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Binary systems emit gravitational radiation. This causes the system to lose energy, which results in a shrinking of the semi-major axis. I have read on countless occasions that this 'inspiral' is adiabatic (here for example). What does this mean that the shrinking is adiabatic?

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The $Q=0$ is just a convenient definition for thermodynamics. The key to adiabacity is that the process is approximately in an equilibrium state at every step. In thermodynamics, this means that you want the process to be reversible, which means that you want the entropy change during the process to be zero, and since $dS = \frac{dQ}{T}$, this means that the heat added is necessarily zero.

But for other processes, the notion of heat added doesn't necessarily make sense, but an equliibrium process does. Typicallly, this is when you change some parameter on a process slowly enough that you don't change the basic physical situation. In addition to weak gravitational radiation causing inspiral where the orbiting objects are still orbiting in closed orbits, you get "adiabatic approximations" in quantum mechanics--for instance, when you consider a infinite square well where the walls are expanding at a small enough rate that the particle remains in what is approximately a ground state the entire time. Even more simply than that, you can consider a ball on a string problem, where the ball is rotating in two dimensions on a plane perpendicular to the string. If you change the length of the string at a rate slow enough that the ball stays rotating in what is approximately a circle and the string remains taut, you are adiabatically changing the system.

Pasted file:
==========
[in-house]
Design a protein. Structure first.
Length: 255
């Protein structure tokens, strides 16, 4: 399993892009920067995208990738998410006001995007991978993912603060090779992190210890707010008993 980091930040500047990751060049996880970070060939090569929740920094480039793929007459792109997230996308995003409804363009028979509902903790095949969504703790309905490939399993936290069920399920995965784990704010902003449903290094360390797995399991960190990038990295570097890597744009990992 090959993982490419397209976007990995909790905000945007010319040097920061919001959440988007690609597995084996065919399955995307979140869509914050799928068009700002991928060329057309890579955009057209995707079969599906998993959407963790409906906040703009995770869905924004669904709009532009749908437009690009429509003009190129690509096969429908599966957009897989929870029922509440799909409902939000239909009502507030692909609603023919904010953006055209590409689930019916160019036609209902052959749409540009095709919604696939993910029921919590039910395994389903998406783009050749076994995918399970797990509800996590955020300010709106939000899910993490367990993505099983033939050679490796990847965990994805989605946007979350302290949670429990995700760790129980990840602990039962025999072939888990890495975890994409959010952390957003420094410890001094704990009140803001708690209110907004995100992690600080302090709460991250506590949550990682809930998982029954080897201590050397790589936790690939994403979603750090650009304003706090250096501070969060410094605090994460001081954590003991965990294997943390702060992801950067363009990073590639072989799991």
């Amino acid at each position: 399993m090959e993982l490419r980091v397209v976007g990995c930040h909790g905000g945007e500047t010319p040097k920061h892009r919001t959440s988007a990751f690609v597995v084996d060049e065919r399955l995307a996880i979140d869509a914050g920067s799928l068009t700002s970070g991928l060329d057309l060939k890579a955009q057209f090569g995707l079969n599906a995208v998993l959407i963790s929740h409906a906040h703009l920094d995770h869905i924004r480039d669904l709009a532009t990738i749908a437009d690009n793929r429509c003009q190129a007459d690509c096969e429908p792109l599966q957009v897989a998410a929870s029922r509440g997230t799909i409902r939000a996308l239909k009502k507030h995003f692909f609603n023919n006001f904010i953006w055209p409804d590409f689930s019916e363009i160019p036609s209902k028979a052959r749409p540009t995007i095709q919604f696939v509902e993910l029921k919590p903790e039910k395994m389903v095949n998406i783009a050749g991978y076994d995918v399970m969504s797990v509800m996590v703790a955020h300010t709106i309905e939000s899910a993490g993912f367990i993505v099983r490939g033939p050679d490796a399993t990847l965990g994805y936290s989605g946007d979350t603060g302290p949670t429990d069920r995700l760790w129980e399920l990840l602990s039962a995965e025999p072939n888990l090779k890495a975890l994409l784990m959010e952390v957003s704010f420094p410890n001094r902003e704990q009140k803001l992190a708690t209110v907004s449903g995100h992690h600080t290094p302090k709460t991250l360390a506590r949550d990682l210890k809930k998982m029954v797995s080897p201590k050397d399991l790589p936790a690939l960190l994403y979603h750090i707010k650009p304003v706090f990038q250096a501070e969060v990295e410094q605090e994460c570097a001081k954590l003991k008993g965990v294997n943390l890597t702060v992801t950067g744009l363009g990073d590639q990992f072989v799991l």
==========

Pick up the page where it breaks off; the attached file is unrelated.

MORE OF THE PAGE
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I believe it's an approximation applied to that phase of the inspiral, stating that the relative change in orbital frequency over time is small with respect to the orbital frequency itself. This defines what is known as the adiabatic parameter:

$$ \xi = \frac{\dot\omega}{\omega^2} $$

Why adiabatic? No loss or gain of heat energy. Much like the heat death of the universe.

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Thanks for the response! I knew that adiabatic meant $dQ=0$, however, I do not see the relevance here. I mean, what does heat have to do with anything? – user12345 Mar 21 '13 at 23:54
Heat obviously isn't relevant here, and "adiabatic" doesn't just refer to heat. It's used more generally to refer to processes in which a change is carried out slowly enough so that the system always gets to settle down at every point along the way. For example, you can talk about a nucleus undergoing fission and whether or not the evolution of the shape is adiabatic. – Ben Crowell Apr 24 '13 at 15:24

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